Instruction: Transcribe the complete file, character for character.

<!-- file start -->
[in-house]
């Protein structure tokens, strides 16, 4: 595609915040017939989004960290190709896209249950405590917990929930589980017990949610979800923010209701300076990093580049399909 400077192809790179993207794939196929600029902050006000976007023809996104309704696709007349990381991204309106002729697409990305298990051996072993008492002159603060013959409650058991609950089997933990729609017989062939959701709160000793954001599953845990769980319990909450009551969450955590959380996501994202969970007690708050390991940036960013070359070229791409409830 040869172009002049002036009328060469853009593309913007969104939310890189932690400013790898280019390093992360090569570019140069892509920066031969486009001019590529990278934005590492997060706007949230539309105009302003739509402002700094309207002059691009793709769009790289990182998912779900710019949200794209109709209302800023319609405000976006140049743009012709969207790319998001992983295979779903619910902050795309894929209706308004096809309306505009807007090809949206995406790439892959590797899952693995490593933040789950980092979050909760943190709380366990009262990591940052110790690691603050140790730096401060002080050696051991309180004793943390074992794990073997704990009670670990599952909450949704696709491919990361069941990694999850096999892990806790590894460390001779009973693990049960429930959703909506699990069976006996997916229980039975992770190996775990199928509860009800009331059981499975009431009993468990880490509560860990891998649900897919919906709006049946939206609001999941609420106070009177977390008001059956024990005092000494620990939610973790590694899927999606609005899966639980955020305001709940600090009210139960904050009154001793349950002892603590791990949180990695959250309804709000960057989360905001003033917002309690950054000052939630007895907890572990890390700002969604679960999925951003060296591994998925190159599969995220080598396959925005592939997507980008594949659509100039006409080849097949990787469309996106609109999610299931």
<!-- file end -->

[in-house]
């Protein structure tokens, strides 16, 4: 595609915040017939989004960290190709896209249950405590917990929930589980017990949610979800923010209701300076990093580049399909 400077192809790179993207794939196929600029902050006000976007023809996104309704696709007349990381991204309106002729697409990305298990051996072993008492002159603060013959409650058991609950089997933990729609017989062939959701709160000793954001599953845990769980319990909450009551969450955590959380996501994202969970007690708050390991940036960013070359070229791409409830 040869172009002049002036009328060469853009593309913007969104939310890189932690400013790898280019390093992360090569570019140069892509920066031969486009001019590529990278934005590492997060706007949230539309105009302003739509402002700094309207002059691009793709769009790289990182998912779900710019949200794209109709209302800023319609405000976006140049743009012709969207790319998001992983295979779903619910902050795309894929209706308004096809309306505009807007090809949206995406790439892959590797899952693995490593933040789950980092979050909760943190709380366990009262990591940052110790690691603050140790730096401060002080050696051991309180004793943390074992794990073997704990009670670990599952909450949704696709491919990361069941990694999850096999892990806790590894460390001779009973693990049960429930959703909506699990069976006996997916229980039975992770190996775990199928509860009800009331059981499975009431009993468990880490509560860990891998649900897919919906709006049946939206609001999941609420106070009177977390008001059956024990005092000494620990939610973790590694899927999606609005899966639980955020305001709940600090009210139960904050009154001793349950002892603590791990949180990695959250309804709000960057989360905001003033917002309690950054000052939630007895907890572990890390700002969604679960999925951003060296591994998925190159599969995220080598396959925005592939997507980008594949659509100039006409080849097949990787469309996106609109999610299931």